NO LONE RANGERS

By Doug Ponder on March 7, 2018

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The Original Lone Ranger

A fiery horse with the speed of light, a cloud of dust and a hearty 'Hi-yo, Silver' – it’s the Lone Ranger! So began the intro to the TV series about the fictional hero of the American Old West. The Lone Ranger was infamous for appearing and disappearing quickly, for firing silver bullets at his enemies (were they secretly werewolves?), and for, well, his name says it all: the Lone Ranger. At least, he was the Lone Ranger, until the producers gave him a trusty sidekick in the eleventh episode of the series. After that, he wasn’t so a-lone anymore.

And yet, we mostly remember him as the Lone Ranger for more reasons than just his name. The image of a self-made maverick/hero seems to resonate deeply in the collective American imagination. After all, we’re mostly descended from the kind of people who had a “do-it-yourself” approach to life. (Just think of all those pilgrims, settlers, and pioneers.) But when it comes to living as one of God’s rescued people—in little communities we call “churches”—things are quite different from how we might imagine them.

Christians in Community

To put it bluntly, there’s really no such thing as a “lone ranger Christian.” Of course, there are many who may try to object to this: “But it’s just me and Jesus, and that’s all I need.” Yes, well, Jesus taught differently. His commands were almost always given in the plural (to groups of people), and their fulfillment was often something that happened in the context of relationships (which necessarily involve others to exist). On top of all this, Paul had some pretty clear things to say about the death of Jesus: “He gave himself for us to redeem us … and to purify for himself a people for his own possession” (Titus 2:14). Notice he didn’t say that Jesus died to rescue individuals. He said that he came to redeem/create a group of people. And what kind of people were they? The kind who would “do good to everyone, especially to those who are of the household of faith” (Gal. 6:10).

Over and again, people who have been rescued by God are said to be part of the “household of God,” members of the “body of Christ,” and stones in the “temple of the Lord” built on the cornerstone of Jesus himself (Eph. 2:19-21). But how could you be part of Jesus’ body  if you’re disconnected from the rest of his people? How can you be part of his temple if you’re just a stone lying in the rock quarry? Jesus’ goal was to rescue a people for himself, which is precisely why his true followers have always found ways of joining together to live as a family in local communities shaped by the gospel. That’s what the word translated as “church” actually means: assembly. It’s not an assembly when it’s just one person.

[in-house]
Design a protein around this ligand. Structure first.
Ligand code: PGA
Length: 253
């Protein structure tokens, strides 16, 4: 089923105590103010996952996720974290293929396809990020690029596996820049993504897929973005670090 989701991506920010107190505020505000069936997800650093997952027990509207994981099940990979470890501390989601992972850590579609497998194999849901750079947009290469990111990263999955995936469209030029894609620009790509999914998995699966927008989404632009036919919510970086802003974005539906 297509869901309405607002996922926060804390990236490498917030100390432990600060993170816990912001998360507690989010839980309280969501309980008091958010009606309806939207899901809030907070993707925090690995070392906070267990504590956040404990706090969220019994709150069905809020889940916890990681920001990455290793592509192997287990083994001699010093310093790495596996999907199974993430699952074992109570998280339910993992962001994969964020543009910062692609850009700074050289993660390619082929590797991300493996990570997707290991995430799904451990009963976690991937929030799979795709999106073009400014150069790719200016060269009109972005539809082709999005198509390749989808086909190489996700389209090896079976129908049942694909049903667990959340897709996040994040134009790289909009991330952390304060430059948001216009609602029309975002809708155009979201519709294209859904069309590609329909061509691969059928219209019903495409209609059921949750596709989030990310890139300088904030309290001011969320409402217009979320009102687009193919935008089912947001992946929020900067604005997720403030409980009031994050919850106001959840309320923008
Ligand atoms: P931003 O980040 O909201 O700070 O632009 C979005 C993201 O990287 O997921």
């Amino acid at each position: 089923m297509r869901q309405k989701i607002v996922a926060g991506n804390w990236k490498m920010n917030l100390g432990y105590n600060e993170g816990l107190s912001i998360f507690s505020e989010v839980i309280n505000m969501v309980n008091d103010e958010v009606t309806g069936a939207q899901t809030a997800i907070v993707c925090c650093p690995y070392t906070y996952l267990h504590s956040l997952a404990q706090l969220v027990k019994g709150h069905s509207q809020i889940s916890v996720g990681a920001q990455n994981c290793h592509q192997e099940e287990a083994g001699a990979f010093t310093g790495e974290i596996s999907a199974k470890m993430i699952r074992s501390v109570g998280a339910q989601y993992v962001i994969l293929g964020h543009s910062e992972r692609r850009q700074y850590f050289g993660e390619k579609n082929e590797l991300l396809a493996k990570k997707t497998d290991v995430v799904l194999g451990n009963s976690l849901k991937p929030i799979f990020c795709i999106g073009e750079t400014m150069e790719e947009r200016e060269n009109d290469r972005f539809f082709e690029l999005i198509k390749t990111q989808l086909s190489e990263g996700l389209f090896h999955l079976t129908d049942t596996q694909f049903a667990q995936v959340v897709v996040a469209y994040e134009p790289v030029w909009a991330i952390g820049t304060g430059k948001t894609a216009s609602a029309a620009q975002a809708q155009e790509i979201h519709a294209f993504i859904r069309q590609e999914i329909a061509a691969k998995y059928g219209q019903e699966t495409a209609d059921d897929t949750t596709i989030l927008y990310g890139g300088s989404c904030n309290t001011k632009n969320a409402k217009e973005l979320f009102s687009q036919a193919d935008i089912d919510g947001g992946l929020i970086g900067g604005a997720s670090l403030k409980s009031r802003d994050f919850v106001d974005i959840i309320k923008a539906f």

Pastors in Community

In a similar way, there’s not a shred of evidence for a “lone ranger pastor” found anywhere in the Scriptures. Why should there be? If God is concerned for the leadership of his people, why in the world would he call a man to shepherd a church by himself?  Such a scenario is both unwise and dangerous, and it is rightly avoided at all costs. (Heck, even the real Lone Ranger had a sidekick.) In contrast to the foolhardy attempt at being a solo-pastor, God’s wise design for his people places a “team” of elders/pastors at the heart of the church. That’s why Paul’s church planting strategy included organizing new disciples under the shared leadership of qualified elders (Acts 14:21-23; Titus 1:5-9). (In fact, close-knit cooperation was so essential to Paul’s own work that he relied on the help of men like Timothy and Sylvanus to co-author all but four of his epistles.) In the face of all this, pastors should think hard about how they can share the authority and responsibility that they have been given (Heb. 13:17). Such a course of action will always turn out better for themselves, for their families, and for the churches where they serve.

Community as a Picture of Grace

Christians must realize that God has called us to join together with other believers in local churches for a reason. In addition to this, pastors must realize that they are not exempt from God’s call to live in community with others, especially other pastors who can help them share the load of their work. In doing both of these, the church today will better communicate what Jesus’ death and resurrection are all about: rescuing a group of people who learn to pray for each other, serve each other, and forgive each other, all because of the grace they have been shown in Jesus.


Doug Ponder is one of the founding pastors of Remnant Church in Richmond, VA, where he serves in many of the church’s teaching ministries. He has contributed to several published works and is the author of Rethink Marriage & Family. His interests include the intersection of theology, ethics, and the Christian life. Follow him on Twitter @dougponder.